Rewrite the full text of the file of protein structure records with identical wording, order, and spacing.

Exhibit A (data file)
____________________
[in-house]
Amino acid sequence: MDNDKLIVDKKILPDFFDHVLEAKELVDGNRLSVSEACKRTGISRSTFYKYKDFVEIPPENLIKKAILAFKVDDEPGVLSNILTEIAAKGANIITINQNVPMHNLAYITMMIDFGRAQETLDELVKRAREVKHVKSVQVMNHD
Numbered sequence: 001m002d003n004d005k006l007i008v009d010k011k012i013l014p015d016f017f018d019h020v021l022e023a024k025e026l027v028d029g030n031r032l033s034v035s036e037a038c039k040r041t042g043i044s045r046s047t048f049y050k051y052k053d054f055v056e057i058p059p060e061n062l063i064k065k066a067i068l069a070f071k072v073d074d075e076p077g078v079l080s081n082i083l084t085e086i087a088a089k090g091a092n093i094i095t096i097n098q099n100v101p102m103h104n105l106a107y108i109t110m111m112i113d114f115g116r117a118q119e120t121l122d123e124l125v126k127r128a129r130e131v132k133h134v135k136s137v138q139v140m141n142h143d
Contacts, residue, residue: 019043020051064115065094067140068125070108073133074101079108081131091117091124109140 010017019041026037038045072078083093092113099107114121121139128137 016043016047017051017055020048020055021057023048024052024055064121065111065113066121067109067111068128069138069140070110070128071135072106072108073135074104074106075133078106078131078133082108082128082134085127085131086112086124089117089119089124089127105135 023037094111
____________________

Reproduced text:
[in-house]
Amino acid sequence: MDNDKLIVDKKILPDFFDHVLEAKELVDGNRLSVSEACKRTGISRSTFYKYKDFVEIPPENLIKKAILAFKVDDEPGVLSNILTEIAAKGANIITINQNVPMHNLAYITMMIDFGRAQETLDELVKRAREVKHVKSVQVMNHD
Numbered sequence: 001m002d003n004d005k006l007i008v009d010k011k012i013l014p015d016f017f018d019h020v021l022e023a024k025e026l027v028d029g030n031r032l033s034v035s036e037a038c039k040r041t042g043i044s045r046s047t048f049y050k051y052k053d054f055v056e057i058p059p060e061n062l063i064k065k066a067i068l069a070f071k072v073d074d075e076p077g078v079l080s081n082i083l084t085e086i087a088a089k090g091a092n093i094i095t096i097n098q099n100v101p102m103h104n105l106a107y108i109t110m111m112i113d114f115g116r117a118q119e120t121l122d123e124l125v126k127r128a129r130e131v132k133h134v135k136s137v138q139v140m141n142h143d
Contacts, residue, residue: 019043020051064115065094067140068125070108073133074101079108081131091117091124109140 010017019041026037038045072078083093092113099107114121121139128137 016043016047017051017055020048020055021057023048024052024055064121065111065113066121067109067111068128069138069140070110070128071135072106072108073135074104074106075133078106078131078133082108082128082134085127085131086112086124089117089119089124089127105135 023037094111